Inner Formation of the Heart
Part 15: How We Unintentionally Reinforce the Gap to Remain
Another way that we may reinforce the gap is by an over-emphasis on cognitively knowing the Bible without helping to nurture Christians’ inner formation into actually believing the Bible (see principle #2). Since talk is easy, one can glibly profess many Bible facts and articulate sound theology without having the respective central beliefs represented by the facts and theology. Living in the truth is the goal, not just professing it—Bible believers, not just Bible knowers. Regular Bible reading and study, and Bible memorization are essential to growth, but not sufficient in and of themselves. Additionally, regular meditation (Ps 1:2) is a critical practice. As Scriptural principles and values become more deeply embedded as central beliefs—treasuring Scripture in our hearts (Ps 119:11)—with God’s enablement we will more regularly rejoice in following his statutes (Ps 119:9-16). Theologian Peter Toon’s Meditating as a Christian: Waiting upon God (London: Collins, 1991), is a helpful introduction to the topic, including examples from church history regarding how we can affectively enter into meditating on Scripture and theology.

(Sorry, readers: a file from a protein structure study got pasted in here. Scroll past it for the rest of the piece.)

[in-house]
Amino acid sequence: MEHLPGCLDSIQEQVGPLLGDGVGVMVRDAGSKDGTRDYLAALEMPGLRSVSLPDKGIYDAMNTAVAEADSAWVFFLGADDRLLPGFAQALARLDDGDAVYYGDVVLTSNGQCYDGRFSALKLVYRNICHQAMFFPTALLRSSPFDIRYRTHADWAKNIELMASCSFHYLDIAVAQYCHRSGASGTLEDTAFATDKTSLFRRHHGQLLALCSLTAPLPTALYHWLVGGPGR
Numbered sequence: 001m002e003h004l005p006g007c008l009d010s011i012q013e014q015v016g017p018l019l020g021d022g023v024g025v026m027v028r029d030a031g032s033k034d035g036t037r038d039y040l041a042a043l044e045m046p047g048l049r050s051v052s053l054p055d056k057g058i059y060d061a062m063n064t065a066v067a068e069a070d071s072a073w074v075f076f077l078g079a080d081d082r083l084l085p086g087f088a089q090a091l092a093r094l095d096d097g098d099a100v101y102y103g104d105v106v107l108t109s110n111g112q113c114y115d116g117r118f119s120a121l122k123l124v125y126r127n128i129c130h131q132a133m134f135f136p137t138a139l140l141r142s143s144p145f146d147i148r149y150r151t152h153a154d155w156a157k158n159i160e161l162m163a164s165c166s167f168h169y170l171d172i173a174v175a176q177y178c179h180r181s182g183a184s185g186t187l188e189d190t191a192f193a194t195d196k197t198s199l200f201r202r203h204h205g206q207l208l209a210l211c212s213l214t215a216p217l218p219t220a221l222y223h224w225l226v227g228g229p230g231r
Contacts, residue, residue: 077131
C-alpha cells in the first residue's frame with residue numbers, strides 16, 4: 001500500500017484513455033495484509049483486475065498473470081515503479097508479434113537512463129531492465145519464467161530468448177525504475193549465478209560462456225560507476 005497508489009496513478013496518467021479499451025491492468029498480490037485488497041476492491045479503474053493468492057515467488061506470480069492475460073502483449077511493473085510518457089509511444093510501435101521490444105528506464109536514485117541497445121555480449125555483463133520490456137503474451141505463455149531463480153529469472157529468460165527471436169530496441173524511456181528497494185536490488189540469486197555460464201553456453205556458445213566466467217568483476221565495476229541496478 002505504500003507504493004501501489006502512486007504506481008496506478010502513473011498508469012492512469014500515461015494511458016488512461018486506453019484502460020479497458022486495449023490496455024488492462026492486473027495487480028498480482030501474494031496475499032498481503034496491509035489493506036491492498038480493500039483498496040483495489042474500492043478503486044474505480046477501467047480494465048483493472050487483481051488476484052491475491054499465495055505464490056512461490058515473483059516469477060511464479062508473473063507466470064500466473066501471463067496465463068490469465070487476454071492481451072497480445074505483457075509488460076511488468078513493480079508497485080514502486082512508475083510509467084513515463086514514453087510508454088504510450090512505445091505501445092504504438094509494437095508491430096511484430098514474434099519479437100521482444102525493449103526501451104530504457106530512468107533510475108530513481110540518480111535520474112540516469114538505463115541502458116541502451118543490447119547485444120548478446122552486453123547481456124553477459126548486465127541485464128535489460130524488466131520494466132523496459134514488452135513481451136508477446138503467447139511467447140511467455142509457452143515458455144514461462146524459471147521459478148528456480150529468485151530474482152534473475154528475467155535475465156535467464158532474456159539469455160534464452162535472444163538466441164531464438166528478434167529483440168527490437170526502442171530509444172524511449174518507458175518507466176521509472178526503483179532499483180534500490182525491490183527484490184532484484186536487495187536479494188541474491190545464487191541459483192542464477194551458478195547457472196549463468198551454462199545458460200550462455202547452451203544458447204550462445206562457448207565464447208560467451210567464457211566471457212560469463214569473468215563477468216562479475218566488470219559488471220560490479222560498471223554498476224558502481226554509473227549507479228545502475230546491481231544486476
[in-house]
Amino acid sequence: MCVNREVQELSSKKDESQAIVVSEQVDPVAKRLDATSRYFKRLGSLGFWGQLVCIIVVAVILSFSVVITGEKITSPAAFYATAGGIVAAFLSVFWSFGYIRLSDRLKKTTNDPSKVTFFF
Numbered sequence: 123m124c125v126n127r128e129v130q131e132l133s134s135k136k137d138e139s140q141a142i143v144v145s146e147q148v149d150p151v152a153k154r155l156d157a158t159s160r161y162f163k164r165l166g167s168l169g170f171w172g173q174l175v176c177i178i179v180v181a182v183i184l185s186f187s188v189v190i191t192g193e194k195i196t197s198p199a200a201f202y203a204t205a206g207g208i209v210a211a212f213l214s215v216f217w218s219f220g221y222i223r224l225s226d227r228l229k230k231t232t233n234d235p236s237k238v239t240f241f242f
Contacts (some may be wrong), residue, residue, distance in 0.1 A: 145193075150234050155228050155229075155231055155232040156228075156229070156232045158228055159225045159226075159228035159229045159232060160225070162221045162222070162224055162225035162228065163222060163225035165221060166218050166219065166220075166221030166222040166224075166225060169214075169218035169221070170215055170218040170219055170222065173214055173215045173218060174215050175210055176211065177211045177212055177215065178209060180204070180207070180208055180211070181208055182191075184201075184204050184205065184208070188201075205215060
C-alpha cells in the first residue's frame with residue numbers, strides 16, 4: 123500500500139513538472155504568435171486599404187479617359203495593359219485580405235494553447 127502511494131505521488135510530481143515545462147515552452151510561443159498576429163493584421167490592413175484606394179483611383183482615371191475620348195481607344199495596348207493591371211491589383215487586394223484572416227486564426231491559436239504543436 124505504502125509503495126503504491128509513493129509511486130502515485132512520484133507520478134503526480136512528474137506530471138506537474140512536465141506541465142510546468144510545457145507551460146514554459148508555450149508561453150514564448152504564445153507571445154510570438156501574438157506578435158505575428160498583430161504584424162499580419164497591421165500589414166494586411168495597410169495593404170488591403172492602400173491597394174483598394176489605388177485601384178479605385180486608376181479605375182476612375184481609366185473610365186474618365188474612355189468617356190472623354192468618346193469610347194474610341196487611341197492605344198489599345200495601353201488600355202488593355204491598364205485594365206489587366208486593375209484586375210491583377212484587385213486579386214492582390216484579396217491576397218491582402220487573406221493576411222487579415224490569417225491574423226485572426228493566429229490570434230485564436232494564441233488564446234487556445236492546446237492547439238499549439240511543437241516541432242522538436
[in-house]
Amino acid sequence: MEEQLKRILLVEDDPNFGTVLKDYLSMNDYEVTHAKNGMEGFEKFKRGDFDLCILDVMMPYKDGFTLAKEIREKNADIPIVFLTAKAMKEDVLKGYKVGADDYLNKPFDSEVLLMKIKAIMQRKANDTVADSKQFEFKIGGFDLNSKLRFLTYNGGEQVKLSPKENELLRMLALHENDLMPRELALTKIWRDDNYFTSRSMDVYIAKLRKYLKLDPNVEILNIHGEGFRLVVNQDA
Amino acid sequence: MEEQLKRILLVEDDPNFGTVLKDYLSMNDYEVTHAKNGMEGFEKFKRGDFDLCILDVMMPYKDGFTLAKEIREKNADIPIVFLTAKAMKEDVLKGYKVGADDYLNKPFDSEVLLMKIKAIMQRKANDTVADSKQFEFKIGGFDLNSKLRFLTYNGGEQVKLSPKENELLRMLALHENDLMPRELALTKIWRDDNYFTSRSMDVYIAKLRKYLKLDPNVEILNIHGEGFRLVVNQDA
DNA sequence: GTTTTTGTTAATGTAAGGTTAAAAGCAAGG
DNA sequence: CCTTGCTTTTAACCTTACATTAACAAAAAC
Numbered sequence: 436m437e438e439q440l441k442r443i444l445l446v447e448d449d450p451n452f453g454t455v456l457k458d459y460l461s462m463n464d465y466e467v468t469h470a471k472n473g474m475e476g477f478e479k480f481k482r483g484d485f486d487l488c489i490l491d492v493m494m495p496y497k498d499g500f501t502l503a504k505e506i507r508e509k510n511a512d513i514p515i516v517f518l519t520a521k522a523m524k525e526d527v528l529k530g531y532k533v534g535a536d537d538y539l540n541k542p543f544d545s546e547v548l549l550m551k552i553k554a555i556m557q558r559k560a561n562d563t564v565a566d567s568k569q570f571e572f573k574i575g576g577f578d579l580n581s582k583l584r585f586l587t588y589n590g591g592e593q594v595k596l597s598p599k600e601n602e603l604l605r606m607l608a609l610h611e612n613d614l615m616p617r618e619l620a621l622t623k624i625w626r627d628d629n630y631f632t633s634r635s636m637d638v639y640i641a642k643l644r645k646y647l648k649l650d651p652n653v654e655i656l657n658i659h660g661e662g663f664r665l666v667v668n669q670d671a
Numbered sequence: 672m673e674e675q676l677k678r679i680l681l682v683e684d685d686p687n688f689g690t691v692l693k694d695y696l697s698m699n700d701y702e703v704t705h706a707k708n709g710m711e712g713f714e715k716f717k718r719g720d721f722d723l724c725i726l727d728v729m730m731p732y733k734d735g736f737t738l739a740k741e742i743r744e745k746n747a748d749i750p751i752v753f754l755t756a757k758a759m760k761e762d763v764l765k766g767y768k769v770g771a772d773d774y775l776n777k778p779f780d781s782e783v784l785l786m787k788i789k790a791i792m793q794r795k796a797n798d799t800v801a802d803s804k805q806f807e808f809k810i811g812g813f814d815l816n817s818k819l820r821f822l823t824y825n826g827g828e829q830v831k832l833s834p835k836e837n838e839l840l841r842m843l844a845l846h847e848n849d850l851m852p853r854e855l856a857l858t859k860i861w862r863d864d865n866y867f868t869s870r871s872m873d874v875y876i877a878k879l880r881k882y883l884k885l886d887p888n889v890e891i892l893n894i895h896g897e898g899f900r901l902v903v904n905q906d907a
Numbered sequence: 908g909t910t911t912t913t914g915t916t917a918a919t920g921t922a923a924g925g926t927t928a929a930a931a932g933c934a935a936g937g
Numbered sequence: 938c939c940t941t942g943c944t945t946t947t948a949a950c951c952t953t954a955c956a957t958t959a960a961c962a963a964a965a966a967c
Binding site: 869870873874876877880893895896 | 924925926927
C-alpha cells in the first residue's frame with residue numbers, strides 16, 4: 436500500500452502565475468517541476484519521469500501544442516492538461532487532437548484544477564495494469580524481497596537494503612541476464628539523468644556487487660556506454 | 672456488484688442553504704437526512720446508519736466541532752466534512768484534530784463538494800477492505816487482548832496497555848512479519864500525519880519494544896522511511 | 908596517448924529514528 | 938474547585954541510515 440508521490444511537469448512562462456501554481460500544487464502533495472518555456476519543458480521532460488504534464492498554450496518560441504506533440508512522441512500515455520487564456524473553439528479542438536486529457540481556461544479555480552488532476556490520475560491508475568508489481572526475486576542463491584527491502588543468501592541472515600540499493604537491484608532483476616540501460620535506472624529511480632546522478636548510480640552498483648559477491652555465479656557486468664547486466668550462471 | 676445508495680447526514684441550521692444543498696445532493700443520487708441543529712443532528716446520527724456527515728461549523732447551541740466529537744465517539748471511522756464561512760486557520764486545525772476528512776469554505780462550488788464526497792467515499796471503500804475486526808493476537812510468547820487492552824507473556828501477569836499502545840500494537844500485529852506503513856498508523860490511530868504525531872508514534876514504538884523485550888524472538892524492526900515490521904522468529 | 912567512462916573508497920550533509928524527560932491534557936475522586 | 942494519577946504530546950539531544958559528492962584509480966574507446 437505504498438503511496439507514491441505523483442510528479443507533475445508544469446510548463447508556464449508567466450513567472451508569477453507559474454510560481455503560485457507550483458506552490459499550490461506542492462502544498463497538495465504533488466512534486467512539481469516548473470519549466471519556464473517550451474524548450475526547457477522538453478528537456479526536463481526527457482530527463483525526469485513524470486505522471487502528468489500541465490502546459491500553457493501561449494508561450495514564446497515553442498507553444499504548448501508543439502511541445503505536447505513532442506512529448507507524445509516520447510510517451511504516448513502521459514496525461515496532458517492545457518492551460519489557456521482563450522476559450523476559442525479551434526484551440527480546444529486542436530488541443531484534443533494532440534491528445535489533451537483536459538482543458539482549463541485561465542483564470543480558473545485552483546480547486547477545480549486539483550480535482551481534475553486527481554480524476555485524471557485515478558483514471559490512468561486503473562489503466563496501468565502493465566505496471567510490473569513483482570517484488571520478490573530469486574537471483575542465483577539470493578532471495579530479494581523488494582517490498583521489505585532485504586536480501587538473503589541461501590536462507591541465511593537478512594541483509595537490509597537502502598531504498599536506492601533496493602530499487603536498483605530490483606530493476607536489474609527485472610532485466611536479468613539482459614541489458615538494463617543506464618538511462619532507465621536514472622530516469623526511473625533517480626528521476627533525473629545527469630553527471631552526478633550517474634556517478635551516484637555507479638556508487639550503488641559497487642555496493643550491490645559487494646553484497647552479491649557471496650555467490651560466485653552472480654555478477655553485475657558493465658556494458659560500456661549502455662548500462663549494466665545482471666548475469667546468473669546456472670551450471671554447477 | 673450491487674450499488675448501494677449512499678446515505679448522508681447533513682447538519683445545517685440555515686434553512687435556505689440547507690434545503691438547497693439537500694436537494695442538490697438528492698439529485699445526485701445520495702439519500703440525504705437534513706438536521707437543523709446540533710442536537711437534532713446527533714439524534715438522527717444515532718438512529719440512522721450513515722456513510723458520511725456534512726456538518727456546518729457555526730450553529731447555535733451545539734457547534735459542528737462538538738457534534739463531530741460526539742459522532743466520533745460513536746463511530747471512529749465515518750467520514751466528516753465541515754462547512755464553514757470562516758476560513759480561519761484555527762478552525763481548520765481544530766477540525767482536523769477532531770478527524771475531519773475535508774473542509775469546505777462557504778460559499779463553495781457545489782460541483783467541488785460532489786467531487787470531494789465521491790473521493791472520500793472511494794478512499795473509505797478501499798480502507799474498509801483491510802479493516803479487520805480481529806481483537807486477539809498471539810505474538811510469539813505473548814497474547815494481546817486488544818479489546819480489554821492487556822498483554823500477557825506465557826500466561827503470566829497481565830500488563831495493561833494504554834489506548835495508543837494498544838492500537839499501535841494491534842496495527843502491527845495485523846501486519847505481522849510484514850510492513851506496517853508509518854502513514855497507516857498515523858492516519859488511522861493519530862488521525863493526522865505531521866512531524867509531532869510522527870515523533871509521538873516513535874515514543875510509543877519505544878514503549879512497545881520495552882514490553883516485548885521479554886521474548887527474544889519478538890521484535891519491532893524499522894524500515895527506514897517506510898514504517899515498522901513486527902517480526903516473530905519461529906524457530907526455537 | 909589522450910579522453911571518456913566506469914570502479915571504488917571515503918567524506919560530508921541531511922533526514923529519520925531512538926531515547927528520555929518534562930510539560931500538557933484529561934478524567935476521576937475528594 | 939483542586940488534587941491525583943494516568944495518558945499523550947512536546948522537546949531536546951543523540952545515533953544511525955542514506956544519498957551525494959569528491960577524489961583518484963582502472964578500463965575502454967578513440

Finally, a call to commitment is often presented to believers as if all one must do to bring about a new pattern of Jesus-like living is to walk the aisle (at a local church or camp) and to make a decision. Such altar calls, without offering or indicating the need for continuing, intentional engagement in formation practices does not accomplish the desired effect and adds on more guilt and doubt when no change takes place (see principle #6).
Next Musing: Part 16--Summary of the 10 Principles